One thing I've noticed about the many flagellants and penitents who crowd the streets of Manila and its neighboring provinces during the Lenten season -- and more specifically, Holy Week -- is that they view their panata (i.e., religious vow) almost as a moral obligation. Failure to fulfill the panata almost always means bad luck and sparse blessings for the year ahead. Thus, the men and women who vow to 'serve' the Lord in some way or another are, in a way, paying a debt. But deeper than this goes the concept of utang na loob. One thing that always impressed me with the character of the penitents is that very few of them, if any, have a victim complex. They go about their rituals and penitence of their complete and utter accord, knowing full well the the dangers of the activities they are about to enter.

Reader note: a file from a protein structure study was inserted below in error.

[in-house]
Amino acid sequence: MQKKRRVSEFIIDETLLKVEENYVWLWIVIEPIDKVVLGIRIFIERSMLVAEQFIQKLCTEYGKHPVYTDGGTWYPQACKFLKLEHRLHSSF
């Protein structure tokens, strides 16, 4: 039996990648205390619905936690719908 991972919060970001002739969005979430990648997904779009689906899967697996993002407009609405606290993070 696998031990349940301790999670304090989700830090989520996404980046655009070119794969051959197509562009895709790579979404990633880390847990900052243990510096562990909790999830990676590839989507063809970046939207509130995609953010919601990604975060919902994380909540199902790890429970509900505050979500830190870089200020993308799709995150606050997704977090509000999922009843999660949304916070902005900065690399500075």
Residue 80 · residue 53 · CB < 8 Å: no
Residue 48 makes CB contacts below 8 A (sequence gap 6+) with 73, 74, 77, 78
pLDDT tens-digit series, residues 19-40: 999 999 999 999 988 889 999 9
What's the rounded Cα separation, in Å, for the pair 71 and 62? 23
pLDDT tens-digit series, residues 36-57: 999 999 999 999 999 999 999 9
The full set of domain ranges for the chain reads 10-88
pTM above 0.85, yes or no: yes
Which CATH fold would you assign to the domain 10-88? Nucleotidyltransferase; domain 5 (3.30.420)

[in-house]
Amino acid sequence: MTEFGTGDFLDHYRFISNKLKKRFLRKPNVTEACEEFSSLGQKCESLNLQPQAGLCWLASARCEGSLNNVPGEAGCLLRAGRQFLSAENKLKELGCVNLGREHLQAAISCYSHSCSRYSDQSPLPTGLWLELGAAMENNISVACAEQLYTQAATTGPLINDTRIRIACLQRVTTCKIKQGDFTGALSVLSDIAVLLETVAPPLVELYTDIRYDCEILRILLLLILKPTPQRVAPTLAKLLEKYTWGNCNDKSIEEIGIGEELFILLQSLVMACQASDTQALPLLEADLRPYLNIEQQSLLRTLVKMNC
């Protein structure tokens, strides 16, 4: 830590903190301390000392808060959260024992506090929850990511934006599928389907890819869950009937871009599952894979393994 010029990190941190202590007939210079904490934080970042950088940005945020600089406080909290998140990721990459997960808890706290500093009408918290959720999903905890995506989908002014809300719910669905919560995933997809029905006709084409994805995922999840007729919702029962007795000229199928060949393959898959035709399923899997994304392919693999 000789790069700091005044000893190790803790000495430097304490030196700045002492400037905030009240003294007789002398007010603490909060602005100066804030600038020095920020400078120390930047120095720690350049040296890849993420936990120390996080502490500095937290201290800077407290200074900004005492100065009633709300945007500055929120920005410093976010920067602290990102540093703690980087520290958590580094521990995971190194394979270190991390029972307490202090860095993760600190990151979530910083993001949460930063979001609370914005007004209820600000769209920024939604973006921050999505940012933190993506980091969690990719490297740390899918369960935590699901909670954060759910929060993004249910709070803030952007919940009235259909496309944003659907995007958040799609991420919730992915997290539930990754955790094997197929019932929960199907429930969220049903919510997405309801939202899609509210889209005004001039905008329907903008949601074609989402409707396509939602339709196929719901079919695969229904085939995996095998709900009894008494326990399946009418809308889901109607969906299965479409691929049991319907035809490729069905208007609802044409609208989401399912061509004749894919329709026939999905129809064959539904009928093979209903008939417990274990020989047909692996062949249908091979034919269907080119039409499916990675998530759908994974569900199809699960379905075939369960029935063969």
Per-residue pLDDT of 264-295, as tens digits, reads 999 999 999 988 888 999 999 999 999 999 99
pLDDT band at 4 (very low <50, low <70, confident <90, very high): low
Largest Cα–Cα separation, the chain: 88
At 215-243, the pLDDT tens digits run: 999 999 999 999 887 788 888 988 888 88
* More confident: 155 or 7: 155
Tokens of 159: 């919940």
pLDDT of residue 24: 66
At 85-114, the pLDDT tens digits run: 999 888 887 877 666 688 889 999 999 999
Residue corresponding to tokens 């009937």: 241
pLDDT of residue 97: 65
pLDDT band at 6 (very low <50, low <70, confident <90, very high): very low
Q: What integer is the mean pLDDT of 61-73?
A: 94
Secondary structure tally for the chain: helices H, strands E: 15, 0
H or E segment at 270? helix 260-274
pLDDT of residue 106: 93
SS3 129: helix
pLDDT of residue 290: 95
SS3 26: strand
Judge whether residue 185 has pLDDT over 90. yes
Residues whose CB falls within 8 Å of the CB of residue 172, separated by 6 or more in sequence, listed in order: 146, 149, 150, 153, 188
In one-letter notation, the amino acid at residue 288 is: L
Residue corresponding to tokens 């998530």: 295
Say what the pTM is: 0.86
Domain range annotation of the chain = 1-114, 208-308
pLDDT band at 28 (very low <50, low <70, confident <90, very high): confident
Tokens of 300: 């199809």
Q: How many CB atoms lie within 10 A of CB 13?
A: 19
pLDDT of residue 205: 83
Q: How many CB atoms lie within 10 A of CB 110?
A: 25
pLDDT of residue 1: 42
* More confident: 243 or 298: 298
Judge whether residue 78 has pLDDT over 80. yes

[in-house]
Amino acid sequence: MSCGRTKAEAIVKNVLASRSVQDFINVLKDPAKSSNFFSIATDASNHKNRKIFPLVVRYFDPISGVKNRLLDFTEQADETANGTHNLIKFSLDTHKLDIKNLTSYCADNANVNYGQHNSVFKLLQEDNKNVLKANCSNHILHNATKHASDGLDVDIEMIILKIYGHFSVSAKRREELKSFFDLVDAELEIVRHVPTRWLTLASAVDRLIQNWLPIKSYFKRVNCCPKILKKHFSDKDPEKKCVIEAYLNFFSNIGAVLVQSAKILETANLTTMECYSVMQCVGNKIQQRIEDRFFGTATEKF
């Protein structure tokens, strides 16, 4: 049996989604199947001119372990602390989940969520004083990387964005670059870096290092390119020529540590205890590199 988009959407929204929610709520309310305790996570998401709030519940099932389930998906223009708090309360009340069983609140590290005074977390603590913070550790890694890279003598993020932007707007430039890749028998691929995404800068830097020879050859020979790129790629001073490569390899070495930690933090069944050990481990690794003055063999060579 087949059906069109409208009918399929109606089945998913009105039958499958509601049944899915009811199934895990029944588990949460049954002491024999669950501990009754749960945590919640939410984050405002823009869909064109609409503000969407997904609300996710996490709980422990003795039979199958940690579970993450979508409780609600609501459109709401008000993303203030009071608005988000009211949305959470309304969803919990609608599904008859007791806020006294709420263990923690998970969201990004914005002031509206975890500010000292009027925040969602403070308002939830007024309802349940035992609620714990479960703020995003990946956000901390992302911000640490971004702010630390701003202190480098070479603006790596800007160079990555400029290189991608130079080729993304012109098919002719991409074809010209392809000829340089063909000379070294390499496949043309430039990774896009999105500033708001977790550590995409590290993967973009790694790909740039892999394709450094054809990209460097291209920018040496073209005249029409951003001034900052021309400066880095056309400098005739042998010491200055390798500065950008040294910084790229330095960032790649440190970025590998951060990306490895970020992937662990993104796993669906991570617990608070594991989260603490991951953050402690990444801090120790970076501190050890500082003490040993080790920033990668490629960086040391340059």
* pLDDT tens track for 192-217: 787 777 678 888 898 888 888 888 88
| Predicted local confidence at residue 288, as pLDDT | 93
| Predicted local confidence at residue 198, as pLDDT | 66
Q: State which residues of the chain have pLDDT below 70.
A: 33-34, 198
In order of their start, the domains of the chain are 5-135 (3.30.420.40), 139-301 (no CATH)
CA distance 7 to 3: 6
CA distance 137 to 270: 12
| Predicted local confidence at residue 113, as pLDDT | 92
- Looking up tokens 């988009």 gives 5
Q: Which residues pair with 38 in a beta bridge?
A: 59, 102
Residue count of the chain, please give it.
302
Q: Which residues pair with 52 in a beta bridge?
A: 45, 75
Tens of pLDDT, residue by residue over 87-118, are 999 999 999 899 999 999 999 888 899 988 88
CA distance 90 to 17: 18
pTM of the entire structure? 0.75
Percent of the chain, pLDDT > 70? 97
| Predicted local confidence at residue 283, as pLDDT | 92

Contrary to popular opinion, the Philippine concept of penitence is not confined exclusively to crucifixion and flagellation (although these are probably the most prevalent, especially the latter). There is the tinunggong of Laguna, where boys as young as ten roll sideways on the barren ground on the way to church; another province has a peculiar tradition of macho men donning grass skirts and headdresses, thereby humiliating themselves by dressing up as women. But how does one explain the popularity of such an extreme practice as self-flagellation, let alone crucifixion? Is fanaticism, then, never far off from the practice of religion?